RBI monetary policy review on Dec 4, rate cut prospects ‘remote’

Experts opine that RBI may not slash policy rate in the wake of rising Consumer Price Index-driven inflation due to supply side issues

RBI

The RBI’s Monetary Policy Committee (MPC) began its three-day meeting on Wednesday (December 3) amid expectations that the central bank will maintain status quo on the benchmark lending rates in view of high retail inflation. The RBI will announce its monetary policy review on Friday.

After its last MPC meeting in October, the central bank had kept its policy rates unchanged to help keep inflation – that surged past 6 per cent – in check.

The RBI has said the country’s GDP may contract by 9.5 per cent in the current fiscal due to the COVID-19 pandemic and has cut policy rates by 115 basis points since February.

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Experts said that RBI may not slash policy rate in the wake of rising Consumer Price Index -based inflation driven mainly by supply side issues.

Also read: RBI tells HDFC Bank to stop sourcing new credit card customers

Many are divided whether it is the right time for the central bank to absorb the surplus liquidity.

According to estimates quoted by Mint, the banking system currently has ₹5.31 trillion excess liquidity, thanks to the efforts by RBI to boost liquidity in a bid to revive the economy hit by COVID-19.

Amar Ambani, senior president and Institutional Research Head at Yes Securities, said frequency indicators and GDP data have conveyed a meaningful rebound in economic activity and retail inflation has remained stubbornly high. “We not only expect the RBI to maintain status quo in December 2020 policy meeting, but the minimal chance of a 25 bps rate cut in February 2021 also appears to be fading away”.

He expects the RBI to upgrade its growth outlook by scaling down its earlier projection of GDP (of 9.5 per cent) to an optimistic one.

Harihar Krishnamoorthy, treasurer at FirstRand, said the RBI should refrain from announcing any measures that may affect the excess liquidity that is helping the economy come back to normalcy.

“The current liquidity surplus has pushed retail savers to invest in cars and real estate. We will need many more months to ensure sustained recovery. The possibility of a rate cut is low at this point, and RBI hopefully should not announce any measures that will suck out the excess liquidity, which is helping the consumption revival,” he said.

Many, however, say that the RBI should announce measures to address the excess liquidity in the market.

Also read: Post lockdown, India’s economic revival faster than expected: RBI governor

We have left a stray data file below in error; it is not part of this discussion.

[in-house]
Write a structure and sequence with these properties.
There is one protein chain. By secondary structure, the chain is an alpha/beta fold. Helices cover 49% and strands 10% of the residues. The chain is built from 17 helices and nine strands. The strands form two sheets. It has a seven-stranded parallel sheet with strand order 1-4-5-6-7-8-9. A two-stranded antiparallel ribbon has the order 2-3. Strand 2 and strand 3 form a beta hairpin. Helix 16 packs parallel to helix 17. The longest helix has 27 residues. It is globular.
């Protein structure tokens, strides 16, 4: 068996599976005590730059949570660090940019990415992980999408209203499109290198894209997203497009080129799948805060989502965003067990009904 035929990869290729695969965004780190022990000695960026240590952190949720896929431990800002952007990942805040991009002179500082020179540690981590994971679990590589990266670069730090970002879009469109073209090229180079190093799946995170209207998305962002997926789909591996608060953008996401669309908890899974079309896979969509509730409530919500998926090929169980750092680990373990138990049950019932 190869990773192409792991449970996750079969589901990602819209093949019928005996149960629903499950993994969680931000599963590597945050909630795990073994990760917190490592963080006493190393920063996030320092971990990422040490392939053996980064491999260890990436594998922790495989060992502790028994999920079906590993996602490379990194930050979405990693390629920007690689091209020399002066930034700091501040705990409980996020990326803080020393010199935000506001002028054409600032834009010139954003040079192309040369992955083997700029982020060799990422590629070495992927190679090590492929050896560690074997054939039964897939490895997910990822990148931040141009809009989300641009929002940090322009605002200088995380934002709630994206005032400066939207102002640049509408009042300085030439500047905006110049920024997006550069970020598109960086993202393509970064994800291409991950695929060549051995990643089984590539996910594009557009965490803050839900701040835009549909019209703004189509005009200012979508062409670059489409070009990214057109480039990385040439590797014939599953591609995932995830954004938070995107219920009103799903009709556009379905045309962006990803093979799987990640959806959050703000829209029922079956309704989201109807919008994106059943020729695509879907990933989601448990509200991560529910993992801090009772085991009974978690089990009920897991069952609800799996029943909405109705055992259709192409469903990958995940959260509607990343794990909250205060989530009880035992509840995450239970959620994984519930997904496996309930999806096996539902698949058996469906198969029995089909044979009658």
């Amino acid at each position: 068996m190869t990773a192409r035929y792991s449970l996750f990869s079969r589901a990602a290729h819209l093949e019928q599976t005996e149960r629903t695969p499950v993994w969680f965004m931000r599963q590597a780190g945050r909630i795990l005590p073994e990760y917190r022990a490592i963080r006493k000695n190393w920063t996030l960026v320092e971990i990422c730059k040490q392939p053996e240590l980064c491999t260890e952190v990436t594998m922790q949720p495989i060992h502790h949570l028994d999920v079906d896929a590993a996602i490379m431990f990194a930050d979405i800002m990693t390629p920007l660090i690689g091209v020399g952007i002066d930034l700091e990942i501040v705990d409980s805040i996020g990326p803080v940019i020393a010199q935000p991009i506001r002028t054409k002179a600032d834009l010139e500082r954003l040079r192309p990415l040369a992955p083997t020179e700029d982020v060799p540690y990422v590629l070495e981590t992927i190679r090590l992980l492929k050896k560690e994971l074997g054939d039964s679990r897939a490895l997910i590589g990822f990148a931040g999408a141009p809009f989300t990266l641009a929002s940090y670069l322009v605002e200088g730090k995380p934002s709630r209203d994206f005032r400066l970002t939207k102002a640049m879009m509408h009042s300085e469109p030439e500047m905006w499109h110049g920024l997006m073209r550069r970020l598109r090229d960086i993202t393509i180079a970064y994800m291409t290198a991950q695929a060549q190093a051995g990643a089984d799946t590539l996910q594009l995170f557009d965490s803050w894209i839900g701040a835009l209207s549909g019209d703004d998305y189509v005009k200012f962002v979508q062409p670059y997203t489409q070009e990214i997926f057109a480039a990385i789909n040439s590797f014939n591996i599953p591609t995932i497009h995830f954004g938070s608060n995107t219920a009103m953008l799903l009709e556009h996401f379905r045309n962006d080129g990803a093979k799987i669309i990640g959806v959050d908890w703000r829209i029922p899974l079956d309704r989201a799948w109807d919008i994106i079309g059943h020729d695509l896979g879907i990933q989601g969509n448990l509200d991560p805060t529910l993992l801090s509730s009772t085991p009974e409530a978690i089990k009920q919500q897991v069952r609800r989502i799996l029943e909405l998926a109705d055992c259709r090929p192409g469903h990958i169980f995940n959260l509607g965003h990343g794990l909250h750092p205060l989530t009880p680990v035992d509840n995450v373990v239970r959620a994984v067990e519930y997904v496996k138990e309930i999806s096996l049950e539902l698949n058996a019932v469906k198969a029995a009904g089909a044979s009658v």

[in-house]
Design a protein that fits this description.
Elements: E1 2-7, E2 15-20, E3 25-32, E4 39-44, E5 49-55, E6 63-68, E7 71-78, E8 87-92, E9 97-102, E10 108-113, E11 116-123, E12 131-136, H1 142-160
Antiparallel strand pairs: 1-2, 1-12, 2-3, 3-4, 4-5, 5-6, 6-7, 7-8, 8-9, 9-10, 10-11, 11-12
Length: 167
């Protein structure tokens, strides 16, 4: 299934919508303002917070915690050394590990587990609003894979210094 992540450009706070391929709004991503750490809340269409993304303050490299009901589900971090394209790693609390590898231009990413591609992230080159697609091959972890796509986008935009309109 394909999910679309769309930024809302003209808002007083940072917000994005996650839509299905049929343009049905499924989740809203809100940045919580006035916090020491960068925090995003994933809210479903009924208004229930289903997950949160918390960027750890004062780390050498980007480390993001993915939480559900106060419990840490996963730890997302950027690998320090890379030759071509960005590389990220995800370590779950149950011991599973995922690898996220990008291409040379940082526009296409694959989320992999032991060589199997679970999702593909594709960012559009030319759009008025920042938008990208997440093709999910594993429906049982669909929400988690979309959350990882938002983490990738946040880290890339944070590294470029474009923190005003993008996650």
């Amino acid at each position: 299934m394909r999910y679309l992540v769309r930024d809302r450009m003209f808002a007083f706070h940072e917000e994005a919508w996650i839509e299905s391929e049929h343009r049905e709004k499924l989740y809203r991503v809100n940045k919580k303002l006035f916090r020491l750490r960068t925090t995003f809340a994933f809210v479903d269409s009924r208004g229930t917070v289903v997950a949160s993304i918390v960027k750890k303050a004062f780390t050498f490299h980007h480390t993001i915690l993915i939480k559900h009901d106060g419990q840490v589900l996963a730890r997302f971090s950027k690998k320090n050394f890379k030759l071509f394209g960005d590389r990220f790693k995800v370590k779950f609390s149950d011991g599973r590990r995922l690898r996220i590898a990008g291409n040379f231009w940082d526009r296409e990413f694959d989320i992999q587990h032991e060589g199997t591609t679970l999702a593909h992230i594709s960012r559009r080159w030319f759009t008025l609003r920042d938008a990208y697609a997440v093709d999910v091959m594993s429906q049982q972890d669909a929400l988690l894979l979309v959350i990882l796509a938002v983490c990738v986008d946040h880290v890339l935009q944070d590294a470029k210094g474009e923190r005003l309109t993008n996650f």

“With so much liquidity floating around, and bank credit still on the slow growth trajectory, as a matter of policy, RBI should be directing liquidity flow towards the long-end given the excessive fall in short-end yields. One way of achieving this is by advancing the CRR (cash reserve ratio) cut, which is expiring on March 27, which would lead to the draining of ₹1.46 trillion from the market. To balance that, RBI should announce a simultaneous open market operation of an equivalent amount,” Mint quoted Soumyakanti Ghosh, chief economist, State Bank of India as saying.

Other experts say that instead of entirely absorbing the excess liquidity, the RBI could fix the floor price on overnight rates that have fallen to record lows.

“The simplest solution is for RBI to introduce variable rate reverse repos (VRR) for a fixed quantum of say ₹4 trillion. By encouraging banks to bid closer to repo rate in this VRR, RBI can push up the weighted average remuneration to banks in the LAF (liquidity adjustment facility) window. This would then pull up rates in the call and tri-party repo markets,” said ICICI Securities in a recent note.

Brickwork Ratings (BWR) in a report said that given the continued contraction of the economy, MPC is likely to continue with its accommodative monetary policy stance to manage financial stability and support growth recovery.

“Considering the elevated inflation levels, BWR expects the RBI MPC to adopt a cautious approach and hold the repo rate at 4 per cent in its December meeting,” it said.

Retail inflation, calculated on the basis of CPI, continued to rise for the ninth month in a row in October, reaching 7.61 per cent on the back of high food prices. This is the highest level of retail inflation since May 2014 when the inflation was at 8.33 per cent.

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